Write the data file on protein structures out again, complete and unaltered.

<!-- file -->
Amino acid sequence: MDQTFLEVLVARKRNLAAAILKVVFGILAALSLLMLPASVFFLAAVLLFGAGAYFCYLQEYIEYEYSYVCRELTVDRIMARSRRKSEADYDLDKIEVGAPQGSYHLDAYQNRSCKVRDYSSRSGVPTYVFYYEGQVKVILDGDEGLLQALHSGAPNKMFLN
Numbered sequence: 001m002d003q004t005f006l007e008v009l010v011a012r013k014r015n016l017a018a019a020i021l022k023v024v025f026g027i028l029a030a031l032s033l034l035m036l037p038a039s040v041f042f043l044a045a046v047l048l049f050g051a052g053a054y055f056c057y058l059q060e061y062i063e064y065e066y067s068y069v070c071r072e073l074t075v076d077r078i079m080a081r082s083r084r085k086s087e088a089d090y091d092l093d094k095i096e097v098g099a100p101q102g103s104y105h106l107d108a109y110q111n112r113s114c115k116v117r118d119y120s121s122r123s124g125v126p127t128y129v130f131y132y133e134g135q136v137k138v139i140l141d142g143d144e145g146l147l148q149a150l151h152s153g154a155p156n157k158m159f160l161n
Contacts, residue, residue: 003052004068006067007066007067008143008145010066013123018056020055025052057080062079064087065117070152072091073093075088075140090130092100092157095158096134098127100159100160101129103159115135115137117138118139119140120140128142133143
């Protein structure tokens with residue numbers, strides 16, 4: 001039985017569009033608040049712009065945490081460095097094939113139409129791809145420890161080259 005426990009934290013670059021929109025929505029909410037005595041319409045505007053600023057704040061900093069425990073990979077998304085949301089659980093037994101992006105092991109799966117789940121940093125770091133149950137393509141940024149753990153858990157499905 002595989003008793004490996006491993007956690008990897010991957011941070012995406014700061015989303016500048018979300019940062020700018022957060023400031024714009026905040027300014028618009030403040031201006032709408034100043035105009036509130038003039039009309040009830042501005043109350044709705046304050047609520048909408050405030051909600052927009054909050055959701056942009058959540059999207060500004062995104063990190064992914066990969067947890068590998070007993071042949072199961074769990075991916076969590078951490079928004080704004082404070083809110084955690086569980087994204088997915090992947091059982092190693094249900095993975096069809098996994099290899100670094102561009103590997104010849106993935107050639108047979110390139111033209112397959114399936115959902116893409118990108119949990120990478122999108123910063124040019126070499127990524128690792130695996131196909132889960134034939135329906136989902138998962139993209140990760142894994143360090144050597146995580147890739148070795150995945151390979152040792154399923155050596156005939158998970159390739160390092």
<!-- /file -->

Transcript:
Amino acid sequence: MDQTFLEVLVARKRNLAAAILKVVFGILAALSLLMLPASVFFLAAVLLFGAGAYFCYLQEYIEYEYSYVCRELTVDRIMARSRRKSEADYDLDKIEVGAPQGSYHLDAYQNRSCKVRDYSSRSGVPTYVFYYEGQVKVILDGDEGLLQALHSGAPNKMFLN
Numbered sequence: 001m002d003q004t005f006l007e008v009l010v011a012r013k014r015n016l017a018a019a020i021l022k023v024v025f026g027i028l029a030a031l032s033l034l035m036l037p038a039s040v041f042f043l044a045a046v047l048l049f050g051a052g053a054y055f056c057y058l059q060e061y062i063e064y065e066y067s068y069v070c071r072e073l074t075v076d077r078i079m080a081r082s083r084r085k086s087e088a089d090y091d092l093d094k095i096e097v098g099a100p101q102g103s104y105h106l107d108a109y110q111n112r113s114c115k116v117r118d119y120s121s122r123s124g125v126p127t128y129v130f131y132y133e134g135q136v137k138v139i140l141d142g143d144e145g146l147l148q149a150l151h152s153g154a155p156n157k158m159f160l161n
Contacts, residue, residue: 003052004068006067007066007067008143008145010066013123018056020055025052057080062079064087065117070152072091073093075088075140090130092100092157095158096134098127100159100160101129103159115135115137117138118139119140120140128142133143
């Protein structure tokens with residue numbers, strides 16, 4: 001039985017569009033608040049712009065945490081460095097094939113139409129791809145420890161080259 005426990009934290013670059021929109025929505029909410037005595041319409045505007053600023057704040061900093069425990073990979077998304085949301089659980093037994101992006105092991109799966117789940121940093125770091133149950137393509141940024149753990153858990157499905 002595989003008793004490996006491993007956690008990897010991957011941070012995406014700061015989303016500048018979300019940062020700018022957060023400031024714009026905040027300014028618009030403040031201006032709408034100043035105009036509130038003039039009309040009830042501005043109350044709705046304050047609520048909408050405030051909600052927009054909050055959701056942009058959540059999207060500004062995104063990190064992914066990969067947890068590998070007993071042949072199961074769990075991916076969590078951490079928004080704004082404070083809110084955690086569980087994204088997915090992947091059982092190693094249900095993975096069809098996994099290899100670094102561009103590997104010849106993935107050639108047979110390139111033209112397959114399936115959902116893409118990108119949990120990478122999108123910063124040019126070499127990524128690792130695996131196909132889960134034939135329906136989902138998962139993209140990760142894994143360090144050597146995580147890739148070795150995945151390979152040792154399923155050596156005939158998970159390739160390092």